at the disbelieve that appeal has pe

might have been expected to withhold their due meed of praise from the irregular modes of religious activity they witnessed and yet admired. They describe with great fairness and accuracy what they witnessed at Turin, Milan, Florence, Genoa, and elsewhere; and the general impression their statement leaves upon the mind is, that it will be a shame and sorrow to England in after years if British Christians now stand aloof from their brethren now labouring to spread the Gospel in Italy. We are not aware to what extent their appeal has been responded to; but we have reason to believe that hitherto a very limited sum has been placed at the disposal of the Foreign Aid Society for this object. of course, the claim is yet new, and popular interest must gradually be awakened in it.*

And now comes the Evangelical Continental Society, which is supported almost entirely by Nonconformists. We find that this society has issued a series of appeals on behalf of Italy from the commencement of the opportunity in its favour. These appeals have been widely circulated, and extracts from its correspondence have been published. And with what result ? At a soirée held in London, on the 1st of February, the secretary announced that the subscriptions for Italy amounted to three hundred pounds. This is but a paltry sum, and seems to be a reproach to British Nonconformists. Why, compare this with the large amounts enthusiastically forwarded to Garibaldi to buy rifles and gunpowder. The list is before us, and we find that only one Dissenting congregation in all England has contributed six pounds as a collection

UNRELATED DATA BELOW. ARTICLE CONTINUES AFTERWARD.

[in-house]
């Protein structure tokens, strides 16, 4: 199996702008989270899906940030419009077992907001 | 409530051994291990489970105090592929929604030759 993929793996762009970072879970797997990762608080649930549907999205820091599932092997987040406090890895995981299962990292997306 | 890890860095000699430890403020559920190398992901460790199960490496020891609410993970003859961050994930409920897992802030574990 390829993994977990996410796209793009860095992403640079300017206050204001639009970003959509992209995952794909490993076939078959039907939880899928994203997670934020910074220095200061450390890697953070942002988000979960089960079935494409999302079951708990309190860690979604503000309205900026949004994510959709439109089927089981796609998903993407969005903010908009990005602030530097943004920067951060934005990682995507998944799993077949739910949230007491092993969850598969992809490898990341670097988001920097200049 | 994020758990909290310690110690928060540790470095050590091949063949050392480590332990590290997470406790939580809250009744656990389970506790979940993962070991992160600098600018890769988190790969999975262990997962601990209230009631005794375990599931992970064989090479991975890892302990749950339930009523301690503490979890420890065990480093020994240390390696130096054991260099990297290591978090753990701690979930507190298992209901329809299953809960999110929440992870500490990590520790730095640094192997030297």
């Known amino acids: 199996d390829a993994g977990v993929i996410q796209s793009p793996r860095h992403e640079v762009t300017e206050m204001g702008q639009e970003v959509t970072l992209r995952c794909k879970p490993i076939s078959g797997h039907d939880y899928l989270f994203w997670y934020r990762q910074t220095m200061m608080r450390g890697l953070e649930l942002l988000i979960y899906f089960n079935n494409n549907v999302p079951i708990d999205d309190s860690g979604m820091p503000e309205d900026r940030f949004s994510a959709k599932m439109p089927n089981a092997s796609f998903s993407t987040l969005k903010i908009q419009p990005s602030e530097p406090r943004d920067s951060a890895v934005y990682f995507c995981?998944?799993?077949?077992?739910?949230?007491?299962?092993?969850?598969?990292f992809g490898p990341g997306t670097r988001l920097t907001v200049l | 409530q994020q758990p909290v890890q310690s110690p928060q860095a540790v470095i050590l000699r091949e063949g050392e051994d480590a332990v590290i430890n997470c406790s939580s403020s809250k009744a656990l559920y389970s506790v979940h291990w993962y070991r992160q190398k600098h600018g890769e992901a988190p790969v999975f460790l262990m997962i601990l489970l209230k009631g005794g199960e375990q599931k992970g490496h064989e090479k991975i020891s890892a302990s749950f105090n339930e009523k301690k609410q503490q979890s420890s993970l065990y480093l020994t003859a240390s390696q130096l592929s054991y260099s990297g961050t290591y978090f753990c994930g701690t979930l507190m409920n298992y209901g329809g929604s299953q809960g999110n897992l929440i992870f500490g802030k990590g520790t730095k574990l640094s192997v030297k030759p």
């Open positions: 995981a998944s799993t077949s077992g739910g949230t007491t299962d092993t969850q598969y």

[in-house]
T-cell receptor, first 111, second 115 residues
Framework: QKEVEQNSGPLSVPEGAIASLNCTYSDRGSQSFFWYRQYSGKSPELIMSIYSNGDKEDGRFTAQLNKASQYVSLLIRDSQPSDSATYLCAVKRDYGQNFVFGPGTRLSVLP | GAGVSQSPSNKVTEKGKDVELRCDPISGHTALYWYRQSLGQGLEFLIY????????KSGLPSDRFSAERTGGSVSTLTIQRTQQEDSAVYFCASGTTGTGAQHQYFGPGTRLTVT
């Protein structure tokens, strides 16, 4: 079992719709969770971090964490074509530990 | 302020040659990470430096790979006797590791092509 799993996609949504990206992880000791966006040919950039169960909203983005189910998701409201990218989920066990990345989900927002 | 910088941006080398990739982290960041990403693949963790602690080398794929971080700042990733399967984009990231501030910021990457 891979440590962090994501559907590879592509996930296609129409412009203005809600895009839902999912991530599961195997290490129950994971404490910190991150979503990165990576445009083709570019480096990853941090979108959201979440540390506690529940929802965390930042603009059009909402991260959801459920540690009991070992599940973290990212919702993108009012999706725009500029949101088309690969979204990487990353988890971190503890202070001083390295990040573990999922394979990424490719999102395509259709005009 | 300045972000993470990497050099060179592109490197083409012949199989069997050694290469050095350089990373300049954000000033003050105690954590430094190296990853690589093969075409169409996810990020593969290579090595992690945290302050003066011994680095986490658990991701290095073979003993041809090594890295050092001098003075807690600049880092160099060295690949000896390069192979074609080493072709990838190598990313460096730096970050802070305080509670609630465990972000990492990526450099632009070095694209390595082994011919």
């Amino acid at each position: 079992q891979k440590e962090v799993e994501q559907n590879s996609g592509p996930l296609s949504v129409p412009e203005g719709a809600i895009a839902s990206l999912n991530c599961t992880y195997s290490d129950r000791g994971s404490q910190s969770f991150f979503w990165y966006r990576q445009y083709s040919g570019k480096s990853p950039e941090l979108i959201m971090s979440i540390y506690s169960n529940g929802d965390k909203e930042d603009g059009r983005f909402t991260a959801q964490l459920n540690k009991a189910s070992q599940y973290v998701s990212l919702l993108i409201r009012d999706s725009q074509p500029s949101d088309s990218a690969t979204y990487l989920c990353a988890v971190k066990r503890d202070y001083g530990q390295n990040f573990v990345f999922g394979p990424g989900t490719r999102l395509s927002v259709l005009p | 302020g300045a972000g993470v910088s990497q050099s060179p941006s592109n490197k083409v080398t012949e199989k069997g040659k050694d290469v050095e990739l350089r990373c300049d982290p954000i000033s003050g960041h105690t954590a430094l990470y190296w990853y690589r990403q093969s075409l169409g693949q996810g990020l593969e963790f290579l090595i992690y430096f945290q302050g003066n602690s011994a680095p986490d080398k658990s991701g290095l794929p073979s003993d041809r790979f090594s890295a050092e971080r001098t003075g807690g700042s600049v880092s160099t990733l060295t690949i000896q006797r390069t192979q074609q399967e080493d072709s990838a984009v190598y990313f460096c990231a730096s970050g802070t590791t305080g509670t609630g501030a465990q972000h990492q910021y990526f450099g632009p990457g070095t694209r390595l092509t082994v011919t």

* This letter from Mrs. Desanctis may interest English readers in the school that is so admirably conducted by her husband and herself :-